Management Methods: Operant Conditioning Explored

Management Methods: Operant Conditioning Explored
March 20, 2015 James Timpson

Operant conditioning is a theory of behaviour which rests on the assumption that learning works best when it is accompanied by both positive reinforcement and punishments for negative behaviour.

Operant conditioning is sometimes referred to as instrumental learning and this was first proposed by Jerzy Konorski, who was further developing the work of Ivan Pavlov. Konorski’s studies were expanded on and popularised by Professor of Psychology at Harvard, B.F. Skinner, who is seen as the first proponent of operant conditioning. Skinner’s theory is now being used as a management tool, a tool which has shown good results in a number of ways within a corporate environment.

Productivity

One of the cornerstones of operant conditioning is positive reinforcement. This can be provided in the working environment as verbal praise and by giving monetary incentives such as pay increases, generous employee benefits, commission schemes and bonuses. When an employee is motivated their engagement rises and subsequently so does productivity.

Environment

Another way to reward employees is through the provision of a comfortable and pleasant working environment. If this office is also based in a prestigious part of town it naturally increases feelings of esteem as the employee recognises that they are working for a company which is prospering. As Skyline Offices highlights this prestigious address is easier to achieve if the business is based in a serviced environment.

Teamwork

Dividing your employees into teams is a way of providing both positive reinforcement and potentially a form of punishment for bad behaviour. If the team does well then obviously they are going to hit their targets and receive the praise or promotions they desire. However, if the team fares badly, especially if failure is down to a small percentage of its members, not only will those failing members incur a negative backlash from their direct managers but they also risk being viewed and treated negatively by other, higher performing, members of the team.

Therefore, in this scenario operant conditioning serves as a motivator for each individual member of the team to perform to their best ability and work towards the reward they all aspire to.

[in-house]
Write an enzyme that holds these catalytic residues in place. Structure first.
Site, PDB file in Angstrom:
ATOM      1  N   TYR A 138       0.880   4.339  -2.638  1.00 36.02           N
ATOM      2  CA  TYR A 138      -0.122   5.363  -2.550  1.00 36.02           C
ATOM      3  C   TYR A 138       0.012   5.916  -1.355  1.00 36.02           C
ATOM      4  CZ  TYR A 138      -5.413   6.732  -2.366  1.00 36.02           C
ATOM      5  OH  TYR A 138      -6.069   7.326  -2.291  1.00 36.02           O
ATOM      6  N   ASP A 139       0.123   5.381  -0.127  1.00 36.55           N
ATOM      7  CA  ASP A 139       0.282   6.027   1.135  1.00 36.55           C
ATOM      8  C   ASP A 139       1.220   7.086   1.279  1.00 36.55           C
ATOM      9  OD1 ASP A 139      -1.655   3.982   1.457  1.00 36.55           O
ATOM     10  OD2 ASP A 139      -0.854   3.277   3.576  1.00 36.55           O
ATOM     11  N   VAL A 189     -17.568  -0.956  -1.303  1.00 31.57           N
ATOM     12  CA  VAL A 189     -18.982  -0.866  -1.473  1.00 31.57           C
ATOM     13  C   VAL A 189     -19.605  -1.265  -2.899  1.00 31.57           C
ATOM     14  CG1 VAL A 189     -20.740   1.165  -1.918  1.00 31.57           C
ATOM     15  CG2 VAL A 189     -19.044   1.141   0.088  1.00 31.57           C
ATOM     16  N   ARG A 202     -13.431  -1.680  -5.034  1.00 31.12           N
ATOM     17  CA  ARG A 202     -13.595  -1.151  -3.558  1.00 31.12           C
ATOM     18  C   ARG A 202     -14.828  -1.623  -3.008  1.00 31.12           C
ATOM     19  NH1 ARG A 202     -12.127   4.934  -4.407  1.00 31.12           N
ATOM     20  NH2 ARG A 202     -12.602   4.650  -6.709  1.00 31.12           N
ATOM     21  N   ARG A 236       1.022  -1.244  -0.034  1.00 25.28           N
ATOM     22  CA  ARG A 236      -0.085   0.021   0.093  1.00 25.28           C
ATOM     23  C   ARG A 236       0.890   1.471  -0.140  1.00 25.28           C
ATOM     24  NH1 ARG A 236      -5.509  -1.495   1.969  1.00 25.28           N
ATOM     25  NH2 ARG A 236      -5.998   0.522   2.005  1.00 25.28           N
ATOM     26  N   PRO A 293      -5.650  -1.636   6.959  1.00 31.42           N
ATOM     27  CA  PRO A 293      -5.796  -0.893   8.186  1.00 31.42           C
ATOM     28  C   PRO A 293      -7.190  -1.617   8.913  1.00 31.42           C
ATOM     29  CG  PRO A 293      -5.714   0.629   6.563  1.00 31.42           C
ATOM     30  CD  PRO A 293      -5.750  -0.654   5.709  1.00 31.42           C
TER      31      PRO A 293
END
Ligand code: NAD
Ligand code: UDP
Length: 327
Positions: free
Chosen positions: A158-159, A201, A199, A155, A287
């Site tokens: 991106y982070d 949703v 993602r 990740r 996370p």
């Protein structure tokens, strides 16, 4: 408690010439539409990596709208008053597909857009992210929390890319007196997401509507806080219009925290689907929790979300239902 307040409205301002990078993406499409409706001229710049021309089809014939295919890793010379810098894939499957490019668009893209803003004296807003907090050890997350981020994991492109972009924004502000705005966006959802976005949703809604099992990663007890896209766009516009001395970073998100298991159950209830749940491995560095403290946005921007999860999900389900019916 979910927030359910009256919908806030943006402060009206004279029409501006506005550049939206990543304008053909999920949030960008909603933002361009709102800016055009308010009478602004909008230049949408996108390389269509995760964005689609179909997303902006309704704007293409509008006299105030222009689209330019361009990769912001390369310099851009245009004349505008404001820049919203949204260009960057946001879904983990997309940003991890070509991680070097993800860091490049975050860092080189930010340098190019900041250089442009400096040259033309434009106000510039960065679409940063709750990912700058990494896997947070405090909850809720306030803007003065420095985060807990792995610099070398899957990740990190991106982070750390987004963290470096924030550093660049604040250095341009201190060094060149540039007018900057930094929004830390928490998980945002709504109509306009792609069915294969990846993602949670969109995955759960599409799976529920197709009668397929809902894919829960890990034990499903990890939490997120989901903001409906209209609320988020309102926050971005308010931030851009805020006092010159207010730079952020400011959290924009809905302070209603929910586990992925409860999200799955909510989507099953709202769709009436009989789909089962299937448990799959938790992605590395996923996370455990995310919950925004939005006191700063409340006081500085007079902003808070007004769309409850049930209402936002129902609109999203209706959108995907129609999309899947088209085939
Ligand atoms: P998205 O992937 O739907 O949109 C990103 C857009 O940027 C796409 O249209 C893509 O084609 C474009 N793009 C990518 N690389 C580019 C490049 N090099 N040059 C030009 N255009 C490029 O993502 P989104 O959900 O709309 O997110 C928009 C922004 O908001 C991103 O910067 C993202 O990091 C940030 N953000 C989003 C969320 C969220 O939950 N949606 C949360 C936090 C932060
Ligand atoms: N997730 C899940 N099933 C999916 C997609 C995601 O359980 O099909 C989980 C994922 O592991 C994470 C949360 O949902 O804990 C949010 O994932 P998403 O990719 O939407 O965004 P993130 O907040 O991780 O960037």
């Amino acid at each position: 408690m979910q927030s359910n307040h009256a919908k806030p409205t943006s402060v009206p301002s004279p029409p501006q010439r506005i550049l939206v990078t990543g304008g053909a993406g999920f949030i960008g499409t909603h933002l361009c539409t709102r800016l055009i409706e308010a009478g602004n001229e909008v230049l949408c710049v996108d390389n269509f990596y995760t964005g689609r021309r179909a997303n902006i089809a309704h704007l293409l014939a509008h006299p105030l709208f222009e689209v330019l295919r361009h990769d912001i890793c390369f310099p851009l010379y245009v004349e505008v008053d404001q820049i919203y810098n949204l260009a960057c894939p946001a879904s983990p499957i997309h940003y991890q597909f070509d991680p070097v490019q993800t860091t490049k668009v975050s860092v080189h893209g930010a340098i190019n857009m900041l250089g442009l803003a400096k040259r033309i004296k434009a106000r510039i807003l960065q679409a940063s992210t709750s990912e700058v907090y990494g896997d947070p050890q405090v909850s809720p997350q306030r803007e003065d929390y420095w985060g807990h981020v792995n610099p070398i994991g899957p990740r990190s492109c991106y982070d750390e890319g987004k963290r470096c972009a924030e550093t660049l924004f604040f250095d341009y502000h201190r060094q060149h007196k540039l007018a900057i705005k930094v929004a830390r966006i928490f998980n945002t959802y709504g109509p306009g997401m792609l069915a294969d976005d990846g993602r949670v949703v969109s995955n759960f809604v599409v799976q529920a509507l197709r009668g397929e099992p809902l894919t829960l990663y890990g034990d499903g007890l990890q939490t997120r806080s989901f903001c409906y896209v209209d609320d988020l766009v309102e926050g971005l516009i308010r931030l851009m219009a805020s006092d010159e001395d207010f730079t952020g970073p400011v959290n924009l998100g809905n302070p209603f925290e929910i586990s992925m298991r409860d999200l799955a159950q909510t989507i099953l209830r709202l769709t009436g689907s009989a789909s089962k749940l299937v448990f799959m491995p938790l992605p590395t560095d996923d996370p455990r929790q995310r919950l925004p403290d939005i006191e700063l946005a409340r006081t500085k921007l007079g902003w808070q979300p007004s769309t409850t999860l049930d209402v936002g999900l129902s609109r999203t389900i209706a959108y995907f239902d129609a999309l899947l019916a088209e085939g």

Using Sales as a Reward

In a customer services, marketing or sales department the positive reinforcement employees seek can be very clearly provided by the customer making a purchase. The sale is the reward and therefore employees are highly motivated to learn what factors lead to a sale and therefore what they need to do to hit their targets. A target which will provide further positive reinforcement as it leads to more money in their pay cheque.

Communication

One of the best ways to provide positive reinforcement in the workplace, and the positive should always outweigh the punishments for negative behaviour, is through communication.

This can take many forms, from a smile, nod or word of encouragement at a difficult moment, through to the key areas outlined below:

· Appraisals: In an appraisal situation managers should always start with the positive elements of a person’s performance before moving on to the areas which need improvement. In addition, when the weaker areas are discussed the employee should always be provided with constructive, actionable ways to reach the level that is being asked of them.

· Professionalism: Whether the manager is providing positive or negative feedback it should always be conveyed in a professional manner. This means providing clear examples of where the employee has done well or fallen short in the workplace. It shouldn’t be an opportunity to raise any question marks over the employee’s life choices or behaviour outside the workplace unless this behaviour directly impacts their job performance.

· Timeliness: People love to receive praise and feedback for great work and this can be as important as a financial reward. Ensure that praise is provided immediately, or as soon after as possible, the desired outcome is achieved. This will encourage further positive results going forward.

· Consistency: Finally, it is important to be consistent when utilising operant conditioning in the workplace. Providing negative or positive reinforcement inconsistently can lead to employees feeling that they are being treated differently to their peers and thus unfairly.

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